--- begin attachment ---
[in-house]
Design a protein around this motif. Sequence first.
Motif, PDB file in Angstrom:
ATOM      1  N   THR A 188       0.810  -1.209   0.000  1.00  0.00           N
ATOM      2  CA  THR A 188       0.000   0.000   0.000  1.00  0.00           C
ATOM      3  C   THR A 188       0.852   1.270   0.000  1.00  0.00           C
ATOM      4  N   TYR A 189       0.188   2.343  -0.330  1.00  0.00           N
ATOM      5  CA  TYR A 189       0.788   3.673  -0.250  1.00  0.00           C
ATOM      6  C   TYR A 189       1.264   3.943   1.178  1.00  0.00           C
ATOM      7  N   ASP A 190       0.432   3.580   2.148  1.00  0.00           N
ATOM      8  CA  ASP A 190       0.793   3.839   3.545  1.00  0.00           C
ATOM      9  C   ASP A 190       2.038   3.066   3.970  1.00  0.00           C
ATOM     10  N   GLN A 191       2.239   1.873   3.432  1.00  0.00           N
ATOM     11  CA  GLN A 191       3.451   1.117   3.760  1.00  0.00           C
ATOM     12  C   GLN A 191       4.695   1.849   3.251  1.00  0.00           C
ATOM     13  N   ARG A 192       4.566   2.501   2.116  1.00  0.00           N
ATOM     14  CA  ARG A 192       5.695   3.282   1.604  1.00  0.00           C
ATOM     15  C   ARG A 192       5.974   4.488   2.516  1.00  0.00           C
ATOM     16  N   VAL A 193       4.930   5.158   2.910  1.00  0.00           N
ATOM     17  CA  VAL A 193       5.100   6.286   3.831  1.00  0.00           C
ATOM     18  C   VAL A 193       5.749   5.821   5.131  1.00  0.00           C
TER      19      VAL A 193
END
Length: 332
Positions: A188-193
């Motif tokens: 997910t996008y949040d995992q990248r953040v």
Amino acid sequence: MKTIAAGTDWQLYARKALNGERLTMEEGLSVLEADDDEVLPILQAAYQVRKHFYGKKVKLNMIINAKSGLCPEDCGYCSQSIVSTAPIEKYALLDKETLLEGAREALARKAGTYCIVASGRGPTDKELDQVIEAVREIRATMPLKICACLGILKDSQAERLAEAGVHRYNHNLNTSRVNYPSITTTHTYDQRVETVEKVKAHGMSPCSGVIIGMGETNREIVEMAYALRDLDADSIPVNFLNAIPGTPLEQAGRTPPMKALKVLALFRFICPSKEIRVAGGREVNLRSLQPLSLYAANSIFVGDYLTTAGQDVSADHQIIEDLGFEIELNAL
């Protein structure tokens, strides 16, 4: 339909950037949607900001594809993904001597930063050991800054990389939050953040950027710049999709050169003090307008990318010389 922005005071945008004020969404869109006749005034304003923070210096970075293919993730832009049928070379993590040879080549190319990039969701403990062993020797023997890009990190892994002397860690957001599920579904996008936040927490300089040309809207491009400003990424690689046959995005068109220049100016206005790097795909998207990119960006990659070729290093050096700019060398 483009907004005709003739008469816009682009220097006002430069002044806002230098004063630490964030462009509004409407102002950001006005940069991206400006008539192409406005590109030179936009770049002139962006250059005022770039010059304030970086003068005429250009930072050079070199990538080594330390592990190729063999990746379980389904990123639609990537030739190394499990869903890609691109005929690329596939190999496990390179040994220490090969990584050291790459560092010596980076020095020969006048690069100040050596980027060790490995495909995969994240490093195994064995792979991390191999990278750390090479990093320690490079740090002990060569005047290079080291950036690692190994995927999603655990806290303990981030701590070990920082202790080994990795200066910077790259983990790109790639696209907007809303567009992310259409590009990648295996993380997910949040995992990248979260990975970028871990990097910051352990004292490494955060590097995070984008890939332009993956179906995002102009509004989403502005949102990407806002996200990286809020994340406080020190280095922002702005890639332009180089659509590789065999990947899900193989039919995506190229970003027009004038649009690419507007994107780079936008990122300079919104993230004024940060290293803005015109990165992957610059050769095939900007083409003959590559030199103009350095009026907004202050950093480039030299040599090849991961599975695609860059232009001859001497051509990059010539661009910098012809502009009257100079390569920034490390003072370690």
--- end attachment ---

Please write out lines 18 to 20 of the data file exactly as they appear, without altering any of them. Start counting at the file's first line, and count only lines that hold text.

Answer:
ATOM     15  C   ARG A 192       5.974   4.488   2.516  1.00  0.00           C
ATOM     16  N   VAL A 193       4.930   5.158   2.910  1.00  0.00           N
ATOM     17  CA  VAL A 193       5.100   6.286   3.831  1.00  0.00           C